What's the Message, Mr. Gardiner?

An open thread dedicated to discussing books, movies, and tv shows we love. And occasionally some politics.

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Lookout sent me a link to the following 13-minute analysis of American post-World-War II science fiction movies. If you have a few minutes, take a look, as it is, to coin a phrase,

Here it is. The general thesis is that Americans really channeled their Cold War political ambitions and sense of competition with Russia into their movies about outer space:

This could be a really reductive argument, but the professor, Ian Christie, keeps it from being so by acknowledging that American post-war films ALSO, almost always, allow room for other interpretations of their narratives (The Manchurian Candidate is an exception). So, for instance, I love Invasion of the Body Snatchers (the original). It certainly can be interpreted, easily, as a powerful anti-Communist movie. The first sign the main character has of anything being wrong in his town is that a farm family has shut down the stall where they sell their vegetables. "It was too much work," says the pod-corrupted mother.

Too much work?!? Dear gods! The Commies have arrived!

However, it's also a very powerful film for anyone who has experienced being part of a community that's being corrupted by an unseen force. It doesn't have to be Communism. It can be anything that maintains outward forms of life as a disguise for internal change, so that horrors can be accomplished seamlessly.

This gives me the excuse to post one of my favorite-ever moments from American science fiction (start at 1:40):

Who handles all the decisions that happen transparently around us?

Wow, Mr. Straczynski. Way to figure out the most important question facing your society and knock that mofo out of the park:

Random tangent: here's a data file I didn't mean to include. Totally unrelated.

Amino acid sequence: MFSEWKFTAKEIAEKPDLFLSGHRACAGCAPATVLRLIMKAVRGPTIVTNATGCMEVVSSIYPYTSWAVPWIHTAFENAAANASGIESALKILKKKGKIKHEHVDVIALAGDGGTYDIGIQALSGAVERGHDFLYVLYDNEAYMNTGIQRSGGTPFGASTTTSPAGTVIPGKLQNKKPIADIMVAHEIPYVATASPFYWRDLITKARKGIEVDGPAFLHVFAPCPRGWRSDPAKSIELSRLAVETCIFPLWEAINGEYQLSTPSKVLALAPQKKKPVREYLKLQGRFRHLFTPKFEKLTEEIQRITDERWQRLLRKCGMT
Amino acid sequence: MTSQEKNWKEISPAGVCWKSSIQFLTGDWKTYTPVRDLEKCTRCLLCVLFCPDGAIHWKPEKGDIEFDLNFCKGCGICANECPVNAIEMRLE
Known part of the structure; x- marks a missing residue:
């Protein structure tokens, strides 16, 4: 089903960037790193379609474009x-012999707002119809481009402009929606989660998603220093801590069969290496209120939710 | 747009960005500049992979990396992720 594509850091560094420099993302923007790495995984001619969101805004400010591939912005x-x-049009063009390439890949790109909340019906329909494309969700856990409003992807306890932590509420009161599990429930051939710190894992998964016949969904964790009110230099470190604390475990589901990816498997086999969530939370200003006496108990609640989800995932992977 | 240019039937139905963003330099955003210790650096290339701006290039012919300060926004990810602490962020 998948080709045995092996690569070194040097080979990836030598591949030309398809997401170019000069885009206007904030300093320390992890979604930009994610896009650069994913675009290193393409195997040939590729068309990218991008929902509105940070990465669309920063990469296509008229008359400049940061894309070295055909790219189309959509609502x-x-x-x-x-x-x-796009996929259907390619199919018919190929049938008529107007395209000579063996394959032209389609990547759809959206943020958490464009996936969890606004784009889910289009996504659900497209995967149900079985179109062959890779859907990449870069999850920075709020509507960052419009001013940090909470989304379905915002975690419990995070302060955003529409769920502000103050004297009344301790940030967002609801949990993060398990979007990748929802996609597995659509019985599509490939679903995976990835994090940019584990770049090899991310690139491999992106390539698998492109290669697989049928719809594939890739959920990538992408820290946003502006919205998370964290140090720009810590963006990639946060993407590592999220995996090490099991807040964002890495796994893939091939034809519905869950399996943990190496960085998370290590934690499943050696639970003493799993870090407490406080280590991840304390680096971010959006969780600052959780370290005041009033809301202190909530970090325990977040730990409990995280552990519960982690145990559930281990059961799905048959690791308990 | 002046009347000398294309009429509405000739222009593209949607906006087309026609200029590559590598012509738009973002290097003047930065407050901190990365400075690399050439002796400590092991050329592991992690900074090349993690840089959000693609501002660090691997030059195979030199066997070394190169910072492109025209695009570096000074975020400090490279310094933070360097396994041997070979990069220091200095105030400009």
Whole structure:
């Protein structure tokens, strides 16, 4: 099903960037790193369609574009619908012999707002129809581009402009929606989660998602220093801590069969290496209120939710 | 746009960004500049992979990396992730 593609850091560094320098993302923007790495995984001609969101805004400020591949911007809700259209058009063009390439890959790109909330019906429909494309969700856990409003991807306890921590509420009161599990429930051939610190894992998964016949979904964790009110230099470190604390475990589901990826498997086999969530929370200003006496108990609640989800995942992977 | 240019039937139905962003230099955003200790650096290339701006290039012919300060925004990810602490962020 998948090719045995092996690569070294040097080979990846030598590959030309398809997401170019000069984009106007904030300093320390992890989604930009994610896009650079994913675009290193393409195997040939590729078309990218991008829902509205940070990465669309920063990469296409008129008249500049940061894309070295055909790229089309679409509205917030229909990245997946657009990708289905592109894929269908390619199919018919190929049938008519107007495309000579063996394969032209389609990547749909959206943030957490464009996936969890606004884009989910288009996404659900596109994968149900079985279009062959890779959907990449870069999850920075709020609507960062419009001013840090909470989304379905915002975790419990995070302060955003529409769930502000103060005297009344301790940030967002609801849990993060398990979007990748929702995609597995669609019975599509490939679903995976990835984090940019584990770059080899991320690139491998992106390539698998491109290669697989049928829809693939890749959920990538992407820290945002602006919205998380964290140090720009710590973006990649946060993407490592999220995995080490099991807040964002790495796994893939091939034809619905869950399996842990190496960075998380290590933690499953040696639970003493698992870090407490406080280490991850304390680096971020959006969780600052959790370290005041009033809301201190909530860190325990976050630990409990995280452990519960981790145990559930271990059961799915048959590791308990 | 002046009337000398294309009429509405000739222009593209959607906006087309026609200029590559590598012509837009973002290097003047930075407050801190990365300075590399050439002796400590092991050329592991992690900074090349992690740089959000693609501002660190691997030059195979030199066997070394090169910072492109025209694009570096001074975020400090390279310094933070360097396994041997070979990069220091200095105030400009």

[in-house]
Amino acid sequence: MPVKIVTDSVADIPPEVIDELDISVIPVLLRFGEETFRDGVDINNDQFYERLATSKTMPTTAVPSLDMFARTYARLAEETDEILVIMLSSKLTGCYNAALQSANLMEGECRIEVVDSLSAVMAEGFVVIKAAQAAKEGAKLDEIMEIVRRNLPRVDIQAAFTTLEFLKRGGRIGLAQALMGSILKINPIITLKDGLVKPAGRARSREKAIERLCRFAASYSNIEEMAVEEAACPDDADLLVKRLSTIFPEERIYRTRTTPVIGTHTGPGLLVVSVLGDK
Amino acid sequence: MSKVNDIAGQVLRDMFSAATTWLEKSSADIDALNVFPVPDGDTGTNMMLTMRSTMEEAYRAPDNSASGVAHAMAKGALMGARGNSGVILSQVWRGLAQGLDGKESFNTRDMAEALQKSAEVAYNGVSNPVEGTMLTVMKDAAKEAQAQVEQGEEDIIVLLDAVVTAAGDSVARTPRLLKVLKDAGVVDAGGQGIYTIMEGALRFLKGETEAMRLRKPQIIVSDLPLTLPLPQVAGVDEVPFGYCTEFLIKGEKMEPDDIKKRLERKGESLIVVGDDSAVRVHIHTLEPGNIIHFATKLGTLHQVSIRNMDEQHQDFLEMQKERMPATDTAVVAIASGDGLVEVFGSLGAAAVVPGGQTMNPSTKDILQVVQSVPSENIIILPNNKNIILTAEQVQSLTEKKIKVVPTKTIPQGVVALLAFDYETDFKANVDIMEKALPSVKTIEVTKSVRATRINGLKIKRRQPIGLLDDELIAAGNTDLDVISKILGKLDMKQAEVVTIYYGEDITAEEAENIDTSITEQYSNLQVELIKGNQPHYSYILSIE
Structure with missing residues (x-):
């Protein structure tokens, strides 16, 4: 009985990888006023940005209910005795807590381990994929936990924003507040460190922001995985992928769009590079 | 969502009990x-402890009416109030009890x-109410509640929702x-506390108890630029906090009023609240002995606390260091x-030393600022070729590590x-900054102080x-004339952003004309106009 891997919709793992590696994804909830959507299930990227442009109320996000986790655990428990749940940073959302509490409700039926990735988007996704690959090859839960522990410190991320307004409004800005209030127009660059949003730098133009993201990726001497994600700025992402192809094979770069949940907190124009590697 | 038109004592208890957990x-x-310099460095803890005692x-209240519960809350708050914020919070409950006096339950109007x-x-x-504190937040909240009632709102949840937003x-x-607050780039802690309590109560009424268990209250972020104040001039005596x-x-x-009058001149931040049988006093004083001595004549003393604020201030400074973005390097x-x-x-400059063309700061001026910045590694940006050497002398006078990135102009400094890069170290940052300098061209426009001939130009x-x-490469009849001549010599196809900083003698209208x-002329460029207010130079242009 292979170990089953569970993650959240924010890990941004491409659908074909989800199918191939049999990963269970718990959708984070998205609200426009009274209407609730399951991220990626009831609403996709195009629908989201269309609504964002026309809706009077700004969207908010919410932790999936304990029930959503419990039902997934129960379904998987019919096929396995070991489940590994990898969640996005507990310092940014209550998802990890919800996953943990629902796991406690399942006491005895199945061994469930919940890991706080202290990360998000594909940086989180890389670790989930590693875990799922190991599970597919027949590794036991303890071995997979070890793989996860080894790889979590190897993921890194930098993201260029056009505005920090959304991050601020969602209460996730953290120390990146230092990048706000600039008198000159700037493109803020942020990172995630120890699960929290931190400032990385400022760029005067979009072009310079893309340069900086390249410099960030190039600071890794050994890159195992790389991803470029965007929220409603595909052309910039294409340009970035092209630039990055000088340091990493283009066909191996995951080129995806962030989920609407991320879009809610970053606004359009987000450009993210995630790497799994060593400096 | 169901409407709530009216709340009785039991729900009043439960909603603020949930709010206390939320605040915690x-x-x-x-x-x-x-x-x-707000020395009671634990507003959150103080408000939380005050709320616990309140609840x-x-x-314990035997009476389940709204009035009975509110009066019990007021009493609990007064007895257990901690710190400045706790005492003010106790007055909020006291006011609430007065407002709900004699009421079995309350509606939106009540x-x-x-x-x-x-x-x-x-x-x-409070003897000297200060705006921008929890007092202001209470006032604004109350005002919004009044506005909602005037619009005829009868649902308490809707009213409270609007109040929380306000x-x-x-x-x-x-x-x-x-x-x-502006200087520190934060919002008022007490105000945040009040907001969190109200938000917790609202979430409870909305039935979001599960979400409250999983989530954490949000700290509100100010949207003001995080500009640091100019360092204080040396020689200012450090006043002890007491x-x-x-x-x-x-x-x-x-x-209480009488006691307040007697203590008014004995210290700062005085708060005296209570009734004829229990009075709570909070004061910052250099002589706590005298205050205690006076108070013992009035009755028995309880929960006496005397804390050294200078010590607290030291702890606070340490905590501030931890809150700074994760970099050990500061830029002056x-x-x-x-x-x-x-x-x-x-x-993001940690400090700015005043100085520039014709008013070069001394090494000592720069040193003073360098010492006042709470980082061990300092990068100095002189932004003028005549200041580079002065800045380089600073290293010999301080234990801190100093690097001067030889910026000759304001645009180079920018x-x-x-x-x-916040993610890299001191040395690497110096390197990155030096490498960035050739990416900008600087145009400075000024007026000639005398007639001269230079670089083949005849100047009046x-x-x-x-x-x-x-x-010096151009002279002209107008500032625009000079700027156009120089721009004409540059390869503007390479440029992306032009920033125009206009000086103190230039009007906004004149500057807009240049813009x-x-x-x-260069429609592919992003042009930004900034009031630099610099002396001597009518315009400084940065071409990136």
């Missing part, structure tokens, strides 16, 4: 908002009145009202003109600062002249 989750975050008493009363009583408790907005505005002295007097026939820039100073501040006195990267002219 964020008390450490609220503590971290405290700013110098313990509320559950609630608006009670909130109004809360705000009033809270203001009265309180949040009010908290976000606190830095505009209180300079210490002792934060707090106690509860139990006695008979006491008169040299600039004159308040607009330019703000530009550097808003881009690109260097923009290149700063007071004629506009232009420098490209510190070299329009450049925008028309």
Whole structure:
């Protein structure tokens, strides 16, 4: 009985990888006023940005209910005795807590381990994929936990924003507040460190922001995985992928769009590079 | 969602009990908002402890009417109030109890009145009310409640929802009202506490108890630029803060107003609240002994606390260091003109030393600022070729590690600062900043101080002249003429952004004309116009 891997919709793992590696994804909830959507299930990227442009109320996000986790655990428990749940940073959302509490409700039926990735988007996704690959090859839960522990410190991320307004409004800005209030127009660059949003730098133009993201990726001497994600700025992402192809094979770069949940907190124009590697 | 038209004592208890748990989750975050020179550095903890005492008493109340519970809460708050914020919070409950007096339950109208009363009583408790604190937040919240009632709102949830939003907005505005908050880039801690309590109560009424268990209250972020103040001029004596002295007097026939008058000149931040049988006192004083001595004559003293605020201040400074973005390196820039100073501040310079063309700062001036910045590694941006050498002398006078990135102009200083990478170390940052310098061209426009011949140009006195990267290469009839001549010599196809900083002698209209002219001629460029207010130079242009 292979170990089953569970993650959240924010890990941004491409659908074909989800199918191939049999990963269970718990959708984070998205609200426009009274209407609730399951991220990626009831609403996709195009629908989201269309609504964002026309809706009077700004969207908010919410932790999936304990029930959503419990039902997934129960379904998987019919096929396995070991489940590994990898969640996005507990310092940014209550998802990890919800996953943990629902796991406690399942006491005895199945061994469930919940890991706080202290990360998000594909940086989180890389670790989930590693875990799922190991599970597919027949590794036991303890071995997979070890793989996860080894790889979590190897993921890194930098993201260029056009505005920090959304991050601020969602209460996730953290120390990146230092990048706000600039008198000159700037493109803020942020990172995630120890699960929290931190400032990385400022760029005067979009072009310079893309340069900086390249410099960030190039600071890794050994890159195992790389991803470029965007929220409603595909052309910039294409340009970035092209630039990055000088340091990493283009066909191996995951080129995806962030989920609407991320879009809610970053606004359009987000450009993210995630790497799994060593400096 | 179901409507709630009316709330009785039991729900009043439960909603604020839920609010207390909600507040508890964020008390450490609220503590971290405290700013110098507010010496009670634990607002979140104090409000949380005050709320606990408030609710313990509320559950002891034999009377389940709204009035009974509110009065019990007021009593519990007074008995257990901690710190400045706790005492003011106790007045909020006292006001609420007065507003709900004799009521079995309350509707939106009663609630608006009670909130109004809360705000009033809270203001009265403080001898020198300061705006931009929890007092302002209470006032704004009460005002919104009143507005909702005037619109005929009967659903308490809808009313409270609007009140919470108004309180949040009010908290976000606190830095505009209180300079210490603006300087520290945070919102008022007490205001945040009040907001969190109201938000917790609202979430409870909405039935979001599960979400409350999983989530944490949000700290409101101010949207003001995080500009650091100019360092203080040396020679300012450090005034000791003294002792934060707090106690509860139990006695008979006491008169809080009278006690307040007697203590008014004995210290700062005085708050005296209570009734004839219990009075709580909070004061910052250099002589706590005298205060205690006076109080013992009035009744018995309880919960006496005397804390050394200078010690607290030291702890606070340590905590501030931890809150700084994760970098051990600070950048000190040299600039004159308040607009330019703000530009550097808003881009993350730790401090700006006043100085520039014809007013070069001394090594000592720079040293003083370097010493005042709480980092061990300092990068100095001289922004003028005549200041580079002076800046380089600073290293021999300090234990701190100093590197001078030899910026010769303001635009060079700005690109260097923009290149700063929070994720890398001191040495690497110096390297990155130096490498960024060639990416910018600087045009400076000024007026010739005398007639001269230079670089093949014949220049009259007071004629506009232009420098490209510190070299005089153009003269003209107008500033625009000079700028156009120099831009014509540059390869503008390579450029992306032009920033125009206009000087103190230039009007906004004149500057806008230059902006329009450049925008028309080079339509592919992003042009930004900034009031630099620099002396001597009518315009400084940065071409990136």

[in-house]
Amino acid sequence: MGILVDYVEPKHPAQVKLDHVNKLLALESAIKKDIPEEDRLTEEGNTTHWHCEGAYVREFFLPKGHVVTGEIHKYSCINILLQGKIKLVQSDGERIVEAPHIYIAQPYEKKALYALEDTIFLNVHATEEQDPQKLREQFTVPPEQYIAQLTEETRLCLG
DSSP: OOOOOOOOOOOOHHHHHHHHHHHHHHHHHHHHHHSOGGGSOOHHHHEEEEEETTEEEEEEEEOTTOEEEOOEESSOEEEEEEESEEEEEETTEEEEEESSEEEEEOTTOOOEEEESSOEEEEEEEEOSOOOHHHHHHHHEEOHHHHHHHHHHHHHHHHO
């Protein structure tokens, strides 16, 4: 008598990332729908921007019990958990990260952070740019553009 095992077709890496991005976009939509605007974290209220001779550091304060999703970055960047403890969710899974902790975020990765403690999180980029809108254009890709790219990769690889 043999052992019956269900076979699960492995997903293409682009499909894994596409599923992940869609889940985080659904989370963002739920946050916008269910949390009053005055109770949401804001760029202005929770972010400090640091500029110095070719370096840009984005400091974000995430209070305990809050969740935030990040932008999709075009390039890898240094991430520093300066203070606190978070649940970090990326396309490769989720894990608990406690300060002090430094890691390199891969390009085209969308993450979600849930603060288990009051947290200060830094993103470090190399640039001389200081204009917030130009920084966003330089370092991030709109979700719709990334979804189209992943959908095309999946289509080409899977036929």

If you've ever had the misfortune to get anywhere near a cult, you will feel the power of Invasion of the Body Snatchers. In Invasion, ordinary unarmed people become genuinely terrifying, as they search for the hero and heroine, calling out "We won't hurt you!" while they intend to take away from them all power to dissent or choose. The horror is that the movie gives us no sense that they're lying: they genuinely believe they're doing it for the best.

Is there enough space in this movie (no pun intended) that you can feel the hero's horror at losing his ability to perceive, choose, and love, to differentiate between one person and another, to decide what he thinks about a particular issue and whether to stand with the group or apart from it--without becoming a dupe to American anti-Communist propaganda? Weirdly enough, the film works really well as an allegory of the power of propaganda, as if the movie were turning back its vision on itself. The fourth-wall-breaking final scene of the movie actually fits in really well with the idea that the movie itself could be the danger:

The studio moguls felt that the original cut of Invasion was too dark and depressing. It was supposed to end with "You're next!" but that was too unhappy an ending, so they filmed a frame scene with the doctors that suggested that maybe the protagonist's warning had gotten out in time. This frame story is mostly an annoying cop-out that interferes with the impact of the story as a whole. But it shows the difficult position one is put into by the power of storytelling itself. You HAVE to use the power of storytelling to get the word out about how people are deprived of their power to choose, as seamlessly, somewhere, someone makes an invisible decision that the workday must be 9 to 6 rather than 11 to 4--a decision so invisible it doesn't look like a decision at all, but a law of the universe. Yet the power of storytelling, with its subtle and pervasive impacts on the human mind, is, in itself, extraordinarily vulnerable to corruption. Any story seeks to persuade its recipient to believe in it, to feel along with the characters, to have the right reactions at the right times. It is incredibly easy to abandon one's morals and use that power to manipulate the listener's ability to choose until it scarcely belongs to them at all, but functions rather as an almost Pavlovian puppet: